Research article evaluating the reach towards women at work with health programming in Bangladesh

A recent study on “Reaching women at work with health programming in Bangladesh: results of difference-in-differences analysis among female factory workers”, conducted by Sara Chace Dwyer and Aparna Jain from Population Council, Washington, DC, USA.; and Md Irfan Hossain and Ashish Bajracharya from Population Council, Dhaka, Bangladesh.

The purpose of this study was to evaluate the effect of the HERhealth model on female factory workers’ SRH knowledge, and FP and menstrual hygiene behaviours in Bangladesh.

The HERhealth model in Bangladesh

Led by Business for Social Responsibility (BSR), the Health Enables Return (HER) project brings together global brands, suppliers, and NGOs to implement a series of interventions focused on health and financial inclusion. One pillar of the HERproject is HERhealth, which delivers health information directly to female factory workers while strengthening the capacity of factory clinics to deliver expanded health services, specifically expanded availability of health products for workers. To date, HERhealth has been implemented in nine countries including Bangladesh.

In Bangladesh, the HERhealth model used peer health educators (PHEs) to disseminate health information in factories during work hours. The health information was tailored to the Bangladeshi context and needs of workers. PHEs were therefore trained on the following topics: (1) our health is important (an introductory module); personal hygiene and waterborne diseases; (2) eating healthy; female body and menstruation; (3) maternal health and FP; (4) preventing STIs, HIV & AIDS; (5) malaria, dengue fever and reproductive cancers; and (6) occupational safety and health.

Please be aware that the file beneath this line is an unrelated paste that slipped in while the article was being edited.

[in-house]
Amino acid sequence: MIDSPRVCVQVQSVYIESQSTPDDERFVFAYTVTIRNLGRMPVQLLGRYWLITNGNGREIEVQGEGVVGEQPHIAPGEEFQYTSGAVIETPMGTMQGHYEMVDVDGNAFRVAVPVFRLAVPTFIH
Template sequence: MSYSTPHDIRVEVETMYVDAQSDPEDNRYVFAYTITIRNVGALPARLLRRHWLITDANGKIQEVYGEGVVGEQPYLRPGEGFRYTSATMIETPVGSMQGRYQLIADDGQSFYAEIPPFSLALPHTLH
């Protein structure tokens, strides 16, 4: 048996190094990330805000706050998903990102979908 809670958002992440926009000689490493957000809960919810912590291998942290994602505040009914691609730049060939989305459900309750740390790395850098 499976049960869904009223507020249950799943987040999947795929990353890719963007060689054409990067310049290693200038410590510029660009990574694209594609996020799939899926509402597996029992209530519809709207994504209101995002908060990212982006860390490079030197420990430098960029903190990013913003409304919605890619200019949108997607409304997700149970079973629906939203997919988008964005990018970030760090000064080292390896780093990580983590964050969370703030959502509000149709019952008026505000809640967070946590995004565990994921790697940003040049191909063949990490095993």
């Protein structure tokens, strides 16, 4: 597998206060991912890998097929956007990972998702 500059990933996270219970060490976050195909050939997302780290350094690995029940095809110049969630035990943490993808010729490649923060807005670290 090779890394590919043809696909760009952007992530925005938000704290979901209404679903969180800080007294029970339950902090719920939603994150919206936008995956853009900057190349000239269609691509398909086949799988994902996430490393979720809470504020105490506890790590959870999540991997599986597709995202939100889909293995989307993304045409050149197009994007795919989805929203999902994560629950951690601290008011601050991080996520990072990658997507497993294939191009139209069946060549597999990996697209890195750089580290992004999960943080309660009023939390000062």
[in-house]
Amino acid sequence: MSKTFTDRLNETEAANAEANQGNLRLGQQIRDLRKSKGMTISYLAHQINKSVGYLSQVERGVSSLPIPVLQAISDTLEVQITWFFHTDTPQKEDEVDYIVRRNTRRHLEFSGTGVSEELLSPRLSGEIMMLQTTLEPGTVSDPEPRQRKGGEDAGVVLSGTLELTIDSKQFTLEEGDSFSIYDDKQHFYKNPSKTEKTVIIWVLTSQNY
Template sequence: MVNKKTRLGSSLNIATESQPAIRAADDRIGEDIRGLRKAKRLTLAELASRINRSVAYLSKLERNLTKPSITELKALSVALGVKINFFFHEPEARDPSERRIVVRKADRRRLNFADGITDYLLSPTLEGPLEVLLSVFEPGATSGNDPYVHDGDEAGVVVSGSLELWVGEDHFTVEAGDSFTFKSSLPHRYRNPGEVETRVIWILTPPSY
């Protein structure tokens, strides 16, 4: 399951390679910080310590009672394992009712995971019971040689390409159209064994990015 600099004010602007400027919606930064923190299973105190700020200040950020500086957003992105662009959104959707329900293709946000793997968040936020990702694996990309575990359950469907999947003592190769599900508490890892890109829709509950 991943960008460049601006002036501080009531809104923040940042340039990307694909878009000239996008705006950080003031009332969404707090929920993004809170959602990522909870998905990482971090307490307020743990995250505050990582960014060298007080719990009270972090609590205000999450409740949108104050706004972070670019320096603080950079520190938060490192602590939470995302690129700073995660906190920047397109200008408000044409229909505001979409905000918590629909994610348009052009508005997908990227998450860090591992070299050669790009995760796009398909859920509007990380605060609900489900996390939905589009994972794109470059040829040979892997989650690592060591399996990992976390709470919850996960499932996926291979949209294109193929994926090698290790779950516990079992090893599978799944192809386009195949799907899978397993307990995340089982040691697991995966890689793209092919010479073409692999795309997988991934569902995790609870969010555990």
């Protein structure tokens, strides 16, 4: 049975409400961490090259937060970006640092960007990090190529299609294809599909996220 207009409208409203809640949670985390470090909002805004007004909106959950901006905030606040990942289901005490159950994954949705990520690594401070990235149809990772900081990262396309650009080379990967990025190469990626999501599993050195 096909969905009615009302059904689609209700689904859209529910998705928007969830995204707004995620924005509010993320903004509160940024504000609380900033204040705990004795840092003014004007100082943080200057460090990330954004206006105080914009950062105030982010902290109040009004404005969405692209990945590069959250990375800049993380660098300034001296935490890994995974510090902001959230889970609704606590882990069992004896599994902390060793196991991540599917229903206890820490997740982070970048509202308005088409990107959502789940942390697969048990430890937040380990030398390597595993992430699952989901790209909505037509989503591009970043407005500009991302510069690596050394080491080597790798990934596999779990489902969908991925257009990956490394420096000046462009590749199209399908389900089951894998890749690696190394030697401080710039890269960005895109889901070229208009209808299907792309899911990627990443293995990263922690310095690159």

From 2015 to 2017, the Evidence Project, the United States Agency for International Development’s flagship project for implementation science in FP, partnered with BSR to evaluate the effectiveness of the HERhealth model for improving female factory workers’ health and identify ways to optimise the HERproject for scale-up. Using a difference-in-differences analysis, this research article present findings from the evaluation of the HERhealth model.


The rapid growth of Bangladesh’s ready-made garment sector has transformed the country’s economy while also employing a predominantly female workforce. Companies have begun collaborating with NGOs to provide health messages to and expand health services for workers.

This study evaluates the effect of the Health Enables Return (HER) health model’s approach of using peer health educators to deliver health messages and increased availability of health products.

Using repeated cross-sectional data from female workers in HERhealth and comparison factories between May 2015 and March 2017, baseline (n = 1704) and endline (n = 1503) samples were matched on eight characteristics and then difference-in-differences estimations were used to determine the effect of the HERhealth model on knowledge and behaviours.

The average changes over time in knowledge and behaviours were statistically different between the HERhealth and comparison factories.

Knowledge of when a woman is at higher risk for pregnancy during her menstrual cycle increased from baseline to endline in both groups but was 12 percentage points greater in the HERhealth factories than in the comparison.

An increase in family planning use among ever-married women was observed in the HERhealth factories but decreased in the comparison factories leading to a 12 percentage point difference-in-differences.

The greatest effect of the HERhealth model was observed on women’s use of sanitary products for menstrual management which significantly increased in both groups, but the increase was 35% greater in the HERhealth factories.

The HERhealth model is effective in increasing knowledge and in improving health behaviours when health products are available in factory infirmaries.

Download full article (PDF)



Source: Sexual and Reproductive Health Matters journal, Taylor and Francis

Leave a Reply